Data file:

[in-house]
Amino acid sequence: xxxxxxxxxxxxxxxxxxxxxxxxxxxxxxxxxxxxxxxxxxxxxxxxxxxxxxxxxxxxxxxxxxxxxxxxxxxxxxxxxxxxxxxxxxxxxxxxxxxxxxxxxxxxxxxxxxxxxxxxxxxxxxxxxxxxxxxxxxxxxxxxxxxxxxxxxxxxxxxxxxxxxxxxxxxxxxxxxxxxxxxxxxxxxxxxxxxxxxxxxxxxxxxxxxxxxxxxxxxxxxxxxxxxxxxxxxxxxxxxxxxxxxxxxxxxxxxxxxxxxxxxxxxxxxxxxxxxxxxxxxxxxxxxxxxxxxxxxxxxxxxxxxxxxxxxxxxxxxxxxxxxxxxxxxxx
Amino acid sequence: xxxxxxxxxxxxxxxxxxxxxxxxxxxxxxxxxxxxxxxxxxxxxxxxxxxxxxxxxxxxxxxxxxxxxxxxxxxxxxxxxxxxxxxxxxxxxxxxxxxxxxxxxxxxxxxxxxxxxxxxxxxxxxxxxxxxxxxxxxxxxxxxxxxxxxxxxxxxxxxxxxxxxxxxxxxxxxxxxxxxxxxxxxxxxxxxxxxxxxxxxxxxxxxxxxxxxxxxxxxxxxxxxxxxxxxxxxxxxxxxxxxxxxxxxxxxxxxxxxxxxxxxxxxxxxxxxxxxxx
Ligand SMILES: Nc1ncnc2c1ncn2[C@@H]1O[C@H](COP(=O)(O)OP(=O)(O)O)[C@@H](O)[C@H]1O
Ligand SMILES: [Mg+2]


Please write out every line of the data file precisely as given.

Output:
[in-house]
Amino acid sequence: xxxxxxxxxxxxxxxxxxxxxxxxxxxxxxxxxxxxxxxxxxxxxxxxxxxxxxxxxxxxxxxxxxxxxxxxxxxxxxxxxxxxxxxxxxxxxxxxxxxxxxxxxxxxxxxxxxxxxxxxxxxxxxxxxxxxxxxxxxxxxxxxxxxxxxxxxxxxxxxxxxxxxxxxxxxxxxxxxxxxxxxxxxxxxxxxxxxxxxxxxxxxxxxxxxxxxxxxxxxxxxxxxxxxxxxxxxxxxxxxxxxxxxxxxxxxxxxxxxxxxxxxxxxxxxxxxxxxxxxxxxxxxxxxxxxxxxxxxxxxxxxxxxxxxxxxxxxxxxxxxxxxxxxxxxxx
Amino acid sequence: xxxxxxxxxxxxxxxxxxxxxxxxxxxxxxxxxxxxxxxxxxxxxxxxxxxxxxxxxxxxxxxxxxxxxxxxxxxxxxxxxxxxxxxxxxxxxxxxxxxxxxxxxxxxxxxxxxxxxxxxxxxxxxxxxxxxxxxxxxxxxxxxxxxxxxxxxxxxxxxxxxxxxxxxxxxxxxxxxxxxxxxxxxxxxxxxxxxxxxxxxxxxxxxxxxxxxxxxxxxxxxxxxxxxxxxxxxxxxxxxxxxxxxxxxxxxxxxxxxxxxxxxxxxxxxxxxxxxxx
Ligand SMILES: Nc1ncnc2c1ncn2[C@@H]1O[C@H](COP(=O)(O)OP(=O)(O)O)[C@@H](O)[C@H]1O
Ligand SMILES: [Mg+2]